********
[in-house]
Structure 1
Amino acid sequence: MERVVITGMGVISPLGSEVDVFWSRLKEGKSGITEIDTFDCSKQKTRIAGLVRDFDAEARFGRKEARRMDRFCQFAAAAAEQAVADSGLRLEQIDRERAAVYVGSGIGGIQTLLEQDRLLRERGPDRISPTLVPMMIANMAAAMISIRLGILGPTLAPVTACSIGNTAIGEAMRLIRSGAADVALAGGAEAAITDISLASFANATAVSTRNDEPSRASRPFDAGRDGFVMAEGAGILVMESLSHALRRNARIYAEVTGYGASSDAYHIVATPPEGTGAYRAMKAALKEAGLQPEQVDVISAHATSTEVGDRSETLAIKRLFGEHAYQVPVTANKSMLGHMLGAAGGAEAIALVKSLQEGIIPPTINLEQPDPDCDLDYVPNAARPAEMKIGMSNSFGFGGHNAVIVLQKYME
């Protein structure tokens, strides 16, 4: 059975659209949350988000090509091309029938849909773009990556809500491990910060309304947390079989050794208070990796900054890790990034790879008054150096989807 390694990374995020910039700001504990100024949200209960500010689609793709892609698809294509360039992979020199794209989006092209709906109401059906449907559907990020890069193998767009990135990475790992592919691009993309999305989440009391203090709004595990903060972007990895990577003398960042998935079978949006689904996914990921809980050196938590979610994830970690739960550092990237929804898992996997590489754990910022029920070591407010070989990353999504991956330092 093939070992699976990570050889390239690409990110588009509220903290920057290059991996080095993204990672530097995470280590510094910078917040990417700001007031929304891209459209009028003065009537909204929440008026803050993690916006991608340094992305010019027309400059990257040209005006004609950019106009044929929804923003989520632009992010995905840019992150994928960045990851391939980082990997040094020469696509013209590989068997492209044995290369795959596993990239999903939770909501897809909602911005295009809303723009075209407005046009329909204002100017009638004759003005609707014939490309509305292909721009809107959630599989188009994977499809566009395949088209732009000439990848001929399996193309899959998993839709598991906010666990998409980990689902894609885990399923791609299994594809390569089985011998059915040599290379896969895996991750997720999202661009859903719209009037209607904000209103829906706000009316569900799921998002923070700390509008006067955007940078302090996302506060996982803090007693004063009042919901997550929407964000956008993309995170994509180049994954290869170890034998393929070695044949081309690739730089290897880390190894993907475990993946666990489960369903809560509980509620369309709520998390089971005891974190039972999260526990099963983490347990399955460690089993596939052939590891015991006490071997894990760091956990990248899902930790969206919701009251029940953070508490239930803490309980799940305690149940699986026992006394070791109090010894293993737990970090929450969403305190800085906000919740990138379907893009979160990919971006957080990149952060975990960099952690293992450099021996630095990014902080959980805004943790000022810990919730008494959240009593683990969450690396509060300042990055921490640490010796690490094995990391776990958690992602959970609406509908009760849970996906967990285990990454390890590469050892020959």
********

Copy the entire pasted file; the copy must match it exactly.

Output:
[in-house]
Structure 1
Amino acid sequence: MERVVITGMGVISPLGSEVDVFWSRLKEGKSGITEIDTFDCSKQKTRIAGLVRDFDAEARFGRKEARRMDRFCQFAAAAAEQAVADSGLRLEQIDRERAAVYVGSGIGGIQTLLEQDRLLRERGPDRISPTLVPMMIANMAAAMISIRLGILGPTLAPVTACSIGNTAIGEAMRLIRSGAADVALAGGAEAAITDISLASFANATAVSTRNDEPSRASRPFDAGRDGFVMAEGAGILVMESLSHALRRNARIYAEVTGYGASSDAYHIVATPPEGTGAYRAMKAALKEAGLQPEQVDVISAHATSTEVGDRSETLAIKRLFGEHAYQVPVTANKSMLGHMLGAAGGAEAIALVKSLQEGIIPPTINLEQPDPDCDLDYVPNAARPAEMKIGMSNSFGFGGHNAVIVLQKYME
């Protein structure tokens, strides 16, 4: 059975659209949350988000090509091309029938849909773009990556809500491990910060309304947390079989050794208070990796900054890790990034790879008054150096989807 390694990374995020910039700001504990100024949200209960500010689609793709892609698809294509360039992979020199794209989006092209709906109401059906449907559907990020890069193998767009990135990475790992592919691009993309999305989440009391203090709004595990903060972007990895990577003398960042998935079978949006689904996914990921809980050196938590979610994830970690739960550092990237929804898992996997590489754990910022029920070591407010070989990353999504991956330092 093939070992699976990570050889390239690409990110588009509220903290920057290059991996080095993204990672530097995470280590510094910078917040990417700001007031929304891209459209009028003065009537909204929440008026803050993690916006991608340094992305010019027309400059990257040209005006004609950019106009044929929804923003989520632009992010995905840019992150994928960045990851391939980082990997040094020469696509013209590989068997492209044995290369795959596993990239999903939770909501897809909602911005295009809303723009075209407005046009329909204002100017009638004759003005609707014939490309509305292909721009809107959630599989188009994977499809566009395949088209732009000439990848001929399996193309899959998993839709598991906010666990998409980990689902894609885990399923791609299994594809390569089985011998059915040599290379896969895996991750997720999202661009859903719209009037209607904000209103829906706000009316569900799921998002923070700390509008006067955007940078302090996302506060996982803090007693004063009042919901997550929407964000956008993309995170994509180049994954290869170890034998393929070695044949081309690739730089290897880390190894993907475990993946666990489960369903809560509980509620369309709520998390089971005891974190039972999260526990099963983490347990399955460690089993596939052939590891015991006490071997894990760091956990990248899902930790969206919701009251029940953070508490239930803490309980799940305690149940699986026992006394070791109090010894293993737990970090929450969403305190800085906000919740990138379907893009979160990919971006957080990149952060975990960099952690293992450099021996630095990014902080959980805004943790000022810990919730008494959240009593683990969450690396509060300042990055921490640490010796690490094995990391776990958690992602959970609406509908009760849970996906967990285990990454390890590469050892020959």